Women have been written out of sociology’s history in that their contributions are no longer recognized despite having been influential and respected in their time. The early female sociologists were an integrated part of the community shaping the discipline’s eventual direction. They are not included among the historical founders of sociology alongside their male counterparts. In that way, they were more visible figures who have now been “written out” of sociology’s history.
This could have happened for many reasons all of which are ways to ignore the work of female sociologists outright or recast their work in a way that makes it much less influential in mainstream sociology than it might otherwise be. Some female sociologists are recognized historically but under the headings of other disciplines. They may be considered social reformers or political activists but not active sociologists. For example, Addams and Hull House are used as illustrations of immigrants rights movements and the problems of industrialization within the context of American History without mentioning the parts of Hull House that were a research institution.
Alternatively, some women’s work remained within sociology but was recast in ways that removed the female from it. Some female sociologists published alongside their husbands. Unfortunately, often, the work became entirely attributed to the husband. Marianne Weber worked with Max Weber or in some cases critiqued his work in her own. However, Max Weber went on to be considered one of sociology’s historical founders and Marianne Weber was written out of history. Webb and her husband co-authored many works but her role is easily ignored by accrediting them to him more strongly.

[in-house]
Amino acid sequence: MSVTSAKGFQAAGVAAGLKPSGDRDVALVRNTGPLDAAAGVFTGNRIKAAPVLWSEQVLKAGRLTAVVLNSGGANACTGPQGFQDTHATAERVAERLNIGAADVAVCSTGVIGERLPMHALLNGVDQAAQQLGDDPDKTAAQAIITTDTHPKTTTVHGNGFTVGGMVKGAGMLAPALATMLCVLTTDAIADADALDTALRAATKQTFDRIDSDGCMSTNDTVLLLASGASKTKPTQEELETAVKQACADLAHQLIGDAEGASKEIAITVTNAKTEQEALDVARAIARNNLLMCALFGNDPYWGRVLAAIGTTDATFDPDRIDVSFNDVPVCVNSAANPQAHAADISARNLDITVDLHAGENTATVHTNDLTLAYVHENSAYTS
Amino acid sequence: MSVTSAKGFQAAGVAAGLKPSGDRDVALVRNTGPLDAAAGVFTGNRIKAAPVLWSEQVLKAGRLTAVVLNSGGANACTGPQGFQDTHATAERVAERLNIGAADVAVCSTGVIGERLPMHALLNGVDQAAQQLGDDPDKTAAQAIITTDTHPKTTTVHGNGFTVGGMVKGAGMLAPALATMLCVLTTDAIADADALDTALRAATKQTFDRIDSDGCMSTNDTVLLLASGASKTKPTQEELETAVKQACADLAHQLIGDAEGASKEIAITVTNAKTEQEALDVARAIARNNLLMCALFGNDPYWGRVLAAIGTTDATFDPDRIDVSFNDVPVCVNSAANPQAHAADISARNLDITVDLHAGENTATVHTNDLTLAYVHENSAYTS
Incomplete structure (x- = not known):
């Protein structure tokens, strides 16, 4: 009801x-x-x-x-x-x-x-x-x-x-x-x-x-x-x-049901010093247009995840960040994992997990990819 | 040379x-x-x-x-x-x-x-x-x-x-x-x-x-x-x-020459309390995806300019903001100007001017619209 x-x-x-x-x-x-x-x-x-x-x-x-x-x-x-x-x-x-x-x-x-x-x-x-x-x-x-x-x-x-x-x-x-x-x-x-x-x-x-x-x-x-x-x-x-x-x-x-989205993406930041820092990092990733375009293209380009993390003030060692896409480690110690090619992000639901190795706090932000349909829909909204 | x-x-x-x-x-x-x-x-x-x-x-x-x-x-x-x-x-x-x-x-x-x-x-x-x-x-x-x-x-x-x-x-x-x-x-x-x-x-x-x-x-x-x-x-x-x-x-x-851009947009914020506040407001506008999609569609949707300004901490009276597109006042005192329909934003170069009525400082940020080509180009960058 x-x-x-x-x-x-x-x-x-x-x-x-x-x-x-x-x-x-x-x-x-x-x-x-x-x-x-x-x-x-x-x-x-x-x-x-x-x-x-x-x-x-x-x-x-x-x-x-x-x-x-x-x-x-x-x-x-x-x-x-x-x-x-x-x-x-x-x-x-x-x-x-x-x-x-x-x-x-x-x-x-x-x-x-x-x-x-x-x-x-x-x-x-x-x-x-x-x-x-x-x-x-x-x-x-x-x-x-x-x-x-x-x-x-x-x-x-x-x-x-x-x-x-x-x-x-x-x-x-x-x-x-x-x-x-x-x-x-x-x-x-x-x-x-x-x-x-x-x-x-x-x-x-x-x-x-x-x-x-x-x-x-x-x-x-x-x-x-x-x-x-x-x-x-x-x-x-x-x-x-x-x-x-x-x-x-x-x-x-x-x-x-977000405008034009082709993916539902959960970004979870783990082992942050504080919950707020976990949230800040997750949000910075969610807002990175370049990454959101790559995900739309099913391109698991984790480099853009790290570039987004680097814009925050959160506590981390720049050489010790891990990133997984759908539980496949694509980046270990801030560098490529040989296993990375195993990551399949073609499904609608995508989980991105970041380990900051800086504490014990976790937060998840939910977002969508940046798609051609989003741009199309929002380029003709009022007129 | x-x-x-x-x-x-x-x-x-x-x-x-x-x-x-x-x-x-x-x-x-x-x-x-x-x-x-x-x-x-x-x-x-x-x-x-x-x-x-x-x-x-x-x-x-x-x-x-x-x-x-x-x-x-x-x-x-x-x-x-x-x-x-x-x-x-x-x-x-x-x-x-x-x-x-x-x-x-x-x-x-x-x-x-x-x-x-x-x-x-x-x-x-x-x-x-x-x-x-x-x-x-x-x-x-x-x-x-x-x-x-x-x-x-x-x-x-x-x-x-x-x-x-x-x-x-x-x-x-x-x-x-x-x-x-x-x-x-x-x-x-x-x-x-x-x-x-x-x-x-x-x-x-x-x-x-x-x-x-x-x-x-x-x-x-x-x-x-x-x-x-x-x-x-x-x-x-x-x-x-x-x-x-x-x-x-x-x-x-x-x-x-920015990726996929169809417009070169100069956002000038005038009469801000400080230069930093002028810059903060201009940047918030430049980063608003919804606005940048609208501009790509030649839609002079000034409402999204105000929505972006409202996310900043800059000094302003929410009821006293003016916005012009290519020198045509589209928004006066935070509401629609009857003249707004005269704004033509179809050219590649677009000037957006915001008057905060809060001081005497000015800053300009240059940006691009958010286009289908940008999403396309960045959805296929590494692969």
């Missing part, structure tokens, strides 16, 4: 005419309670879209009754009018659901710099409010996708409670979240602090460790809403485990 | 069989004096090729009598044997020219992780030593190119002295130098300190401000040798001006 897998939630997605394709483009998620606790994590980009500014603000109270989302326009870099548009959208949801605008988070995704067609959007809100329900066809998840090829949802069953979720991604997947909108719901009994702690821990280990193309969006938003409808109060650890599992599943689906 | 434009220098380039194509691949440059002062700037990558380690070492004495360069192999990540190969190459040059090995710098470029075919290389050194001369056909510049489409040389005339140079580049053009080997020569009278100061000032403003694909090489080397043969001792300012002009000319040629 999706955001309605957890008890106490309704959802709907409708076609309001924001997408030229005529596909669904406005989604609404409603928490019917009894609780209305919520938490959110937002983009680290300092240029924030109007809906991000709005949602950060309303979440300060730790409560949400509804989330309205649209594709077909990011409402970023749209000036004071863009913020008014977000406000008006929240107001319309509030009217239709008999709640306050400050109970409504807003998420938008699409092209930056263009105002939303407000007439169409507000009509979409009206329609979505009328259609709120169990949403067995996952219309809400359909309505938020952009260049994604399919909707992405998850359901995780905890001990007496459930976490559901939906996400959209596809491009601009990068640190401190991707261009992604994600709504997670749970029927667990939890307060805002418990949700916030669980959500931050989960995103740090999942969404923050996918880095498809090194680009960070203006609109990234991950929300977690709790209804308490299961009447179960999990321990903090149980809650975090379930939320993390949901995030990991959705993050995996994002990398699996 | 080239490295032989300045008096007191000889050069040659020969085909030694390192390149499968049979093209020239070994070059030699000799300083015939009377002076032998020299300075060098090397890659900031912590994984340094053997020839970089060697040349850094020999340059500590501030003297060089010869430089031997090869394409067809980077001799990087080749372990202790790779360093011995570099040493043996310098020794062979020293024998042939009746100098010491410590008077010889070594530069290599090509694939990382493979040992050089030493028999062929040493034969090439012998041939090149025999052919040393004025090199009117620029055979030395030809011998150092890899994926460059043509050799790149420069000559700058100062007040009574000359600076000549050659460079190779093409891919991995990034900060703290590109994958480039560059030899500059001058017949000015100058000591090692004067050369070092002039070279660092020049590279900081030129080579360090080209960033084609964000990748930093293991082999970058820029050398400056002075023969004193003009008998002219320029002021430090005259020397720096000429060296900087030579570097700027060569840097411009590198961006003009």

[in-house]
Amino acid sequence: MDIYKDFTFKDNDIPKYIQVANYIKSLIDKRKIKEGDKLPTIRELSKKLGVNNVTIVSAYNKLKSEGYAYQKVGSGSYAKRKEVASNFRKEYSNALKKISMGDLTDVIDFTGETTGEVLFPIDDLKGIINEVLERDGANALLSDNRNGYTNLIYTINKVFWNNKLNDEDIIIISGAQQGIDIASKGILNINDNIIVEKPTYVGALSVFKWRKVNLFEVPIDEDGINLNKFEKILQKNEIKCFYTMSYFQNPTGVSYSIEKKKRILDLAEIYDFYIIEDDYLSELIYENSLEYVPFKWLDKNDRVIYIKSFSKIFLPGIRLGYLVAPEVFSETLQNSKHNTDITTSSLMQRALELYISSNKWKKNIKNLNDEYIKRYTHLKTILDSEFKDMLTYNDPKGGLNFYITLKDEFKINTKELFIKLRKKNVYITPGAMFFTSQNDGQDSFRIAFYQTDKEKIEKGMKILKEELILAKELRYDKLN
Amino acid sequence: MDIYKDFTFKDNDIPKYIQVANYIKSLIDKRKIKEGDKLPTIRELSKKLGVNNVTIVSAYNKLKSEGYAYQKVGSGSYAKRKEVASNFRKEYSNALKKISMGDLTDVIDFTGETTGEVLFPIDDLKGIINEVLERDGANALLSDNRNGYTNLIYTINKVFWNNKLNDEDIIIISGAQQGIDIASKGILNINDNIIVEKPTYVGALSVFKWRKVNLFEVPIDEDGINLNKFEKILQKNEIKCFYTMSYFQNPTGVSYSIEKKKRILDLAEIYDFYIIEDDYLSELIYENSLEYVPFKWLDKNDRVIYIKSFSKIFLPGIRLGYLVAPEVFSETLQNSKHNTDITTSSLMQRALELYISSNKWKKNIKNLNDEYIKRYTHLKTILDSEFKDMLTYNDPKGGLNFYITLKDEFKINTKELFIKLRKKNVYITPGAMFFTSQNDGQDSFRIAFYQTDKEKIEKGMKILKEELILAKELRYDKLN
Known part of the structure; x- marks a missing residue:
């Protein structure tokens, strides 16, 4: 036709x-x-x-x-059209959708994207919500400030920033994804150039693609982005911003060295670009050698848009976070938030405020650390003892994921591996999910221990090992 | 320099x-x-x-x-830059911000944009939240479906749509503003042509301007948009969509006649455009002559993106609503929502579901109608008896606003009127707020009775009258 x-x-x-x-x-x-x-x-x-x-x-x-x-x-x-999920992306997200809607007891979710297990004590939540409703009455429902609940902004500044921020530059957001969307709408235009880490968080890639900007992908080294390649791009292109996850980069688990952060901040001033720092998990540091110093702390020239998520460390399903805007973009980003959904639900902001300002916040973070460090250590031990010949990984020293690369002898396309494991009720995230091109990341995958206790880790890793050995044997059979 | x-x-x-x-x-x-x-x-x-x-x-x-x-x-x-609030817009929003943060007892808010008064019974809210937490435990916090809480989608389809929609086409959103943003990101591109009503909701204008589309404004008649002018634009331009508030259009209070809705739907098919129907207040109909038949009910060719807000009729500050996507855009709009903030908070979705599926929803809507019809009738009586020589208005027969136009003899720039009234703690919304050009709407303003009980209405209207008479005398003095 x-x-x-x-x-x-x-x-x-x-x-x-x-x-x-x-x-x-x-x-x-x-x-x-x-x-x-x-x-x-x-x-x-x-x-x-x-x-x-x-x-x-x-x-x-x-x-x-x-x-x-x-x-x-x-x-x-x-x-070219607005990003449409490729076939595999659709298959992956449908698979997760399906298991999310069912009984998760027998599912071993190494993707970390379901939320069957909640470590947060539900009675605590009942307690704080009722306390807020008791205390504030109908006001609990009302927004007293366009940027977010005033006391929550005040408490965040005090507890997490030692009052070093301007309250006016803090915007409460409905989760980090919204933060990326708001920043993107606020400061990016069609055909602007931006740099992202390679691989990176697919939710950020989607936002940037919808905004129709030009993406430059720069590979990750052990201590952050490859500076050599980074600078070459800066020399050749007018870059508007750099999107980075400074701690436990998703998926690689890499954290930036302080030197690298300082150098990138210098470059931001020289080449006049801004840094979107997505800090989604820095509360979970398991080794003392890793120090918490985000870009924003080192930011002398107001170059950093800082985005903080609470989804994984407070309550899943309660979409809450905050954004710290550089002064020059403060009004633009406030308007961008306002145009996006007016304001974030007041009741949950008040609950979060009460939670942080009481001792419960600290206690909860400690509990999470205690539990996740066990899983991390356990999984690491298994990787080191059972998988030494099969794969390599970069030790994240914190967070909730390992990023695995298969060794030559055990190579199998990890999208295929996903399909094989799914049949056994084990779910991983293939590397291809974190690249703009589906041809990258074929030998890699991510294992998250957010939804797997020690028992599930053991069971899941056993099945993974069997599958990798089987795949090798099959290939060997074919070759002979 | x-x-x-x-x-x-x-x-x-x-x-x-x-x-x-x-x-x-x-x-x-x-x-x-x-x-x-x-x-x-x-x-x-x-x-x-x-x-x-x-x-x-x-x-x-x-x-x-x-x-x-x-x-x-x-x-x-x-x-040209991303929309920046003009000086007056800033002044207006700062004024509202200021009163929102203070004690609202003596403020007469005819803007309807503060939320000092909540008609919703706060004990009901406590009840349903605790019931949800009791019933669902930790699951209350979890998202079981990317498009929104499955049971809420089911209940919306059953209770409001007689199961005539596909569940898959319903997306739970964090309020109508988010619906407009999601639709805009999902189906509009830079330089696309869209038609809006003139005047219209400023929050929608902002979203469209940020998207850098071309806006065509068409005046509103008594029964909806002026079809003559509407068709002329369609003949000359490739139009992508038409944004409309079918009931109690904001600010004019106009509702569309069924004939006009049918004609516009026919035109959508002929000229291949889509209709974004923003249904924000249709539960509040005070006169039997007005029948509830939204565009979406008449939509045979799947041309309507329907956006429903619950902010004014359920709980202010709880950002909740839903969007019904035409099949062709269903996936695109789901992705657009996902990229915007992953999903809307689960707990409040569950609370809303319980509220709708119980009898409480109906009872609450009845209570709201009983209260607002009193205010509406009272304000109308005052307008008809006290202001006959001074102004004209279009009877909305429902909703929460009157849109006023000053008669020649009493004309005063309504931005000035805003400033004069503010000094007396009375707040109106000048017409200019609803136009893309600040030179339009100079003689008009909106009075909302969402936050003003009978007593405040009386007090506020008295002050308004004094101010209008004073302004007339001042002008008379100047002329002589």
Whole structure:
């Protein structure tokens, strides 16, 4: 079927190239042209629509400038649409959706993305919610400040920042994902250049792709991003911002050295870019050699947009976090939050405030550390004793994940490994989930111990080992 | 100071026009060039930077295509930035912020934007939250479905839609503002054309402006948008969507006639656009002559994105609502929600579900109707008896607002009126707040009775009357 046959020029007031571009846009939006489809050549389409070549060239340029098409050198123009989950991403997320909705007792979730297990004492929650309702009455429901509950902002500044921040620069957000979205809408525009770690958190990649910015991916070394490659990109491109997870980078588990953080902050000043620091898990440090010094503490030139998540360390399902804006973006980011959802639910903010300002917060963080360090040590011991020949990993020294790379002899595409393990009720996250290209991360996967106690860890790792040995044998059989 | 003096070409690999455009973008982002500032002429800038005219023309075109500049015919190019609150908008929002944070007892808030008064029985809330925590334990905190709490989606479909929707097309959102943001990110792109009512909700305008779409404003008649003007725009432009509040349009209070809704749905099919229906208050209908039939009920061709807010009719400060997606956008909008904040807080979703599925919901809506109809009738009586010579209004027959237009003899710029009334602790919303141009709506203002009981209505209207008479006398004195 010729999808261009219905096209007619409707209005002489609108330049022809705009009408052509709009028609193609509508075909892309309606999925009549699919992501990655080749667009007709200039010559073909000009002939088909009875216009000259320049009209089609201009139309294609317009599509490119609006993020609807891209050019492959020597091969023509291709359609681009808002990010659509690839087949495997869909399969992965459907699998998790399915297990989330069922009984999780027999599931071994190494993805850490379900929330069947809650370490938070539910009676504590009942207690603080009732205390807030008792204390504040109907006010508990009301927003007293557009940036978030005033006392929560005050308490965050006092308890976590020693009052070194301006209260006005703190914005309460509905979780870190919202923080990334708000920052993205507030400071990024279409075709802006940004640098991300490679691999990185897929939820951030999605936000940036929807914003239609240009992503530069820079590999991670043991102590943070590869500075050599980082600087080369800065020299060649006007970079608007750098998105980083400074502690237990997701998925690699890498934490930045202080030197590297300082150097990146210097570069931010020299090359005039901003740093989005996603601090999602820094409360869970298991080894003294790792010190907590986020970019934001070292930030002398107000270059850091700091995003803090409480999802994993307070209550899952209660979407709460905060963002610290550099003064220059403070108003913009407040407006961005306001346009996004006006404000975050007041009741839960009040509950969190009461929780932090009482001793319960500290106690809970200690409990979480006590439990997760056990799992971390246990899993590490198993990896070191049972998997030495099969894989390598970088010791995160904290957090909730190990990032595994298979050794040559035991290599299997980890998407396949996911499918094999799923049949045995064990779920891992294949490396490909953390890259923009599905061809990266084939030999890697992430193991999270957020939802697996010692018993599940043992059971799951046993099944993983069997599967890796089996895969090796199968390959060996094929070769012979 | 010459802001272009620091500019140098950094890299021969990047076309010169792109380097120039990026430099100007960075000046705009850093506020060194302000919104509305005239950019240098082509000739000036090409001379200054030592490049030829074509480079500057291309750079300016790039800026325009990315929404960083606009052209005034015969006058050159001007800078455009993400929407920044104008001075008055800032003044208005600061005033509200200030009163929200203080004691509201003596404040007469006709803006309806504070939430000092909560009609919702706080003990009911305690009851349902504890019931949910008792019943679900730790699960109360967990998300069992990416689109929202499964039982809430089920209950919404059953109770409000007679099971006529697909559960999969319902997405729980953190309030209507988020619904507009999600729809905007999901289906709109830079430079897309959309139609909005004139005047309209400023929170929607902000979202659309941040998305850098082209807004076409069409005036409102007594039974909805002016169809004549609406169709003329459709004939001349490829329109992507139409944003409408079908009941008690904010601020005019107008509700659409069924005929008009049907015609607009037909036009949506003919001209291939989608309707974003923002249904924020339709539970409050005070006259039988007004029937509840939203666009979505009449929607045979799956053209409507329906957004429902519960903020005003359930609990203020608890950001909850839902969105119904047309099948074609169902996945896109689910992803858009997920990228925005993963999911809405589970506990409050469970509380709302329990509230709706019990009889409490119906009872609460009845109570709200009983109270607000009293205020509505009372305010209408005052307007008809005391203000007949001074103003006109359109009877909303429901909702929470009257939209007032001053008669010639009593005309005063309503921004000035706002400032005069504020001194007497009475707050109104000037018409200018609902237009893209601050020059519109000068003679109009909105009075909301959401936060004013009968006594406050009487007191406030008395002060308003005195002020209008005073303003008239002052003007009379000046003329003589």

Sociology’s women founders all focused on issues related to social reform. They addressed different social or economic inequalities. Consequently, the particular focus of their reforms differed. Addams worked with immigrants and trade unions. Gilman worked on women’s rights and early feminism. Wells-Barnett was an anti-lynching and civil rights advocate.
The importance of recognizing the contribution of sociology’s women founders is threefold. First, women and did contribute in their time. In order to understand sociology as a discipline and its underpinnings, we must understand all its founding figures, including the women. Two, recognizing how women contributed to sociology and were then “written out” can lead to a sociological study of sociology itself. This can be used as an opportunity to study the impact of male dominance or male-centric view points in academia. Finally, bringing female theorists into the mainstream can produce a more integrated picture of where sociology has been and where it is going. It allows a chance to extend the range of perspectives, ideas and research available to sociology as a whole.